Failing paper mills could be changed into facilities that extract carbon from trees and convert it into biofuels, other products under patented technology being developed at University of Wisconsin-Stevens Point, which is taking process in new directions

MILWAUKEE , March 1, 2014 () – The Wisconsin paper industry can look back with pride on a century of innovation, from renewable forestry to Kleenex to coated magazine paper. But the industry's struggles during two decades that have seen the development of e-books and iPads have called that innovation culture into question.

Now, researchers at the University of Wisconsin-Stevens Point are developing patented technology that they hope can transform dead or dying paper mills into an entirely new industry, capable of extracting the carbon that trees absorb naturally and converting it into biofuels and other products.

"I see that these kinds of technologies, which lead us to renewable chemicals and renewable plastics, as the future," said Eric Singsaas, the university's lead scientist on the biorefinery project.

The school is hardly the first to extract cellulosic ethanol from wood. But its scientists are taking the idea in new directions: The university holds two patents on the design of a bioreactor that the school calls a breakthrough in "the cost-effective conversion of wood and biofuel crops into biofuels, chemicals and materials for the 21st-century sustainable economy."

The project won $7 million in research grants from the U.S. Department of Defense and the UW System in Madison. It has three additional patent applications pending for processes that convert the cellulosic hydrocarbons from its reactor into commercially viable fuels, bioplastics, fibers and solvents.

It also lined up several private-sector partners, including Chicago-based American Science and Technology Corp., which opened a subsidiary in nearby Wausau, where AST will build a commercial-scale version of the bioreactor capable of processing up to two tons of trees or other biomass per day.

In addition, Singsaas said, a few venture capitalists already have made inquiries. "We haven't signed anything yet but we've had discussions," he said.

What happens to the state's paper mills is crucial to the state's economy: Paper mills and their sister industry of printing press operators still collectively amount to the single biggest industrial sector in the state, so the plight of the industry has rendered Wisconsin a slow-growth state.

Singsaas, a native of Minnesota, developed his interest in plant-based alternative fuels in the 1990s, when he was earning his PhD in botany at UW-Madison. In 2001, he joined UW-Stevens Point, which boasts the largest undergraduate College of Natural Resources in the U.S. and one of the nation's largest forestry programs.

UW-Stevens Point also has one of the largest paper science and engineering programs, where researchers joined Singsaas in developing the bioreactor. By 2009, the biofuels project compelled Singsaas and his paper school colleagues to co-found the university's economic development arm, the Wisconsin Institute for Sustainable Technology.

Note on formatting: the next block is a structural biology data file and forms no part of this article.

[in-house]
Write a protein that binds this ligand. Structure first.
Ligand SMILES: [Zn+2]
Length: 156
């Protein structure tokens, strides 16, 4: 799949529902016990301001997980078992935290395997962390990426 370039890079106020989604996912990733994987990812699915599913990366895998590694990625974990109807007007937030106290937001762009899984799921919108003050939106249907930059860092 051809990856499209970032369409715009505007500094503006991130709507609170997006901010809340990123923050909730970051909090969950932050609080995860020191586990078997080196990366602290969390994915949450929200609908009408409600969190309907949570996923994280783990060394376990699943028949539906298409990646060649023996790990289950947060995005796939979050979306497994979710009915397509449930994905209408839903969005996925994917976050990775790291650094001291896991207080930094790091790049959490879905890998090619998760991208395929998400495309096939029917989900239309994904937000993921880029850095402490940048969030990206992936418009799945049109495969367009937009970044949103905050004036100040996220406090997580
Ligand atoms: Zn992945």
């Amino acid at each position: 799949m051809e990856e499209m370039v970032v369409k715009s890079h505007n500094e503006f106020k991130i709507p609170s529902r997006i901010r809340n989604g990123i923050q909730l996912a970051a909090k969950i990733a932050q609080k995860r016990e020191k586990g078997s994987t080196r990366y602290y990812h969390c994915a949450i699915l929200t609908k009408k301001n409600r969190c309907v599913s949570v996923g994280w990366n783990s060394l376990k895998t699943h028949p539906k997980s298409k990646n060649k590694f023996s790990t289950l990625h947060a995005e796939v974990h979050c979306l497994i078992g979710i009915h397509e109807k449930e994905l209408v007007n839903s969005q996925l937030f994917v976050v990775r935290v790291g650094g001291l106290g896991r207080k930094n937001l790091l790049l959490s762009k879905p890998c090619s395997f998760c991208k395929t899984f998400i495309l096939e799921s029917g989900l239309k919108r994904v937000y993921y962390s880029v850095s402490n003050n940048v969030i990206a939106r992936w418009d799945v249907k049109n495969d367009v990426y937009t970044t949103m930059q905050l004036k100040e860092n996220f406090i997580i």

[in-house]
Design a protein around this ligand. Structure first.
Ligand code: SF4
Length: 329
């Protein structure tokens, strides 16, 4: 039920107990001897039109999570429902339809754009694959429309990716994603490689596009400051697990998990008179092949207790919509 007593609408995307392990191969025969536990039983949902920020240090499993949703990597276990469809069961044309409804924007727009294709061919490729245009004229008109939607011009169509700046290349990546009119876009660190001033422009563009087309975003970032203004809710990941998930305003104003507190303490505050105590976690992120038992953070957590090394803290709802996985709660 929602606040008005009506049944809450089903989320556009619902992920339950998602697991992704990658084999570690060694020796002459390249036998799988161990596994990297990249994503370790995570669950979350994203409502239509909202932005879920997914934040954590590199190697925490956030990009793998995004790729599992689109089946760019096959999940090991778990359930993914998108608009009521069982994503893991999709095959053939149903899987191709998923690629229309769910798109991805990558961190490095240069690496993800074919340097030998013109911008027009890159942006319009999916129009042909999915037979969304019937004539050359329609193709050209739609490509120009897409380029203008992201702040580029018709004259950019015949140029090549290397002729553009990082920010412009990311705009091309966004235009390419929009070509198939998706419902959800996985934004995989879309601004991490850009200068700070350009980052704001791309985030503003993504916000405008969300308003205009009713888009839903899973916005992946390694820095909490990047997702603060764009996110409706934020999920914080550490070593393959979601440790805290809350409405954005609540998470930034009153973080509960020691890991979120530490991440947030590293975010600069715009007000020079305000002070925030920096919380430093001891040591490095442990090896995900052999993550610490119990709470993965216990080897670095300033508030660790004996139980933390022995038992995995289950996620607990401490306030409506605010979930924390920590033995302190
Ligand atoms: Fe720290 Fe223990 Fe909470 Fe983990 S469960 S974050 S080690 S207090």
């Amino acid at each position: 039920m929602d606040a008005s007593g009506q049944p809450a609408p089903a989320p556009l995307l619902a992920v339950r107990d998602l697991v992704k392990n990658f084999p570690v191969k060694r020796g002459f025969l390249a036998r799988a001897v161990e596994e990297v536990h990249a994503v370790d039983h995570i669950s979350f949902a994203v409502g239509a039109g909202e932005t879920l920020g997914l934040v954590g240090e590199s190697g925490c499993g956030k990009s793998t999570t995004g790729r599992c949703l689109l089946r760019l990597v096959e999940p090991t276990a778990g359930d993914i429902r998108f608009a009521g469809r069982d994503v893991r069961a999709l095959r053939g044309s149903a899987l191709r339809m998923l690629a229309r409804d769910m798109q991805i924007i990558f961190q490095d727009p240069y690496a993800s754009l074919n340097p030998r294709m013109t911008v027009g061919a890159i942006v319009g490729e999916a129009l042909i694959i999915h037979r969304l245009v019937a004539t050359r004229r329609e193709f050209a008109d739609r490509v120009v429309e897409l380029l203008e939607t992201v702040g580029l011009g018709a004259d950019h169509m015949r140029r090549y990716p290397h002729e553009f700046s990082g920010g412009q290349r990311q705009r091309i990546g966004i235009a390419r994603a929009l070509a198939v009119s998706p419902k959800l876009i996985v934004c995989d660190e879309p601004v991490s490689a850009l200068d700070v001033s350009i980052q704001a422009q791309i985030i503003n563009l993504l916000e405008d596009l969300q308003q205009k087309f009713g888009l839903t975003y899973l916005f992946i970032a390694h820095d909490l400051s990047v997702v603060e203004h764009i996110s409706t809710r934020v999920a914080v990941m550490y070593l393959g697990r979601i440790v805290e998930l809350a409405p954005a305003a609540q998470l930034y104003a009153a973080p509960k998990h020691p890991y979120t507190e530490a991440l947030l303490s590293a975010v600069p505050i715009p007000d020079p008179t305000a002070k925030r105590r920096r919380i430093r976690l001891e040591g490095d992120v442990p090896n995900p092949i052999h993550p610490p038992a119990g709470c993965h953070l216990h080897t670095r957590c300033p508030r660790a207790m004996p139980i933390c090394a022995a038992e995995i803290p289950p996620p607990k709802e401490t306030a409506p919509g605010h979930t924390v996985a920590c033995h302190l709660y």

Not surprisingly, the university's two issued patents cover a process that in many ways resembles a classic Wisconsin pulp mill, which cooks wood chips under pressure. While most paper mills mainly want to extract the cellulose fiber -- which is only one component of a plant structure -- the university's digester breaks down and separates all the carbon-carrying derivatives of a tree or plant: the cellulose, hemicellulose and the lignin, which is the most carbon-intensive component.

Each of those components, in turn, can be refined under different processes into commercial products like biofuels, ethanol, synthetic fibers, solvents, jet fuel, solvents and possibly even bioplastics that are biodegradable.

The range of byproducts makes the Stevens Point reactor similar to a typical oil refinery, which yields derivatives ranging from plastic feed stocks, petrochemicals, home heating oil and diesel as well as gasoline.

That's where economics comes in, the university hopes. Commercializing the full range of biomaterials helps defray the cost of distilling the biofuels, potentially making the cellulose fuels more price-competitive with fossil fuels, Singsaas said.

"We have a biorefinery that makes multiple, different products," all as part of the same process, Singsaas said.

At least that's the theory. To test the idea, American Science and Technology is drawing up plans to build a large-scale reactor.

"No one will invest in a biorefinery unless they have real data with a much larger capacity than we have now," said Ali Manesh, an engineer and partner at AST, which is privately held. "They want a lot of data."

Formed in 2003, AST is a research and engineering company that specializes in renewable energy. To build its reactor and eventually help commercialize any of its fuels or chemicals, AST licensed the patents from the university.

The university's bioreactors have the capacity to produce fuels, chemicals and materials using many Midwestern agricultural products, including wheat straw, switchgrass and stalks of corn or soy plants. Farmers already have approached AST about providing biomass for the reactor.

The bioreactors can be built anywhere. But putting them on the sites of "repurposed" paper mills makes sense, the university argues. Mills have wood yards, wood chippers, rail lines and boilers to generate power.

"There are reusable assets at a closed paper mill," Singsaas said.

So now, nearly a decade after Wisconsin mills that made publishing-grade paper became victims of technological innovation and began to close, new technology is offering hope.

"We are looking to give them the tools to achieve the next reinvention," Singsaas said.


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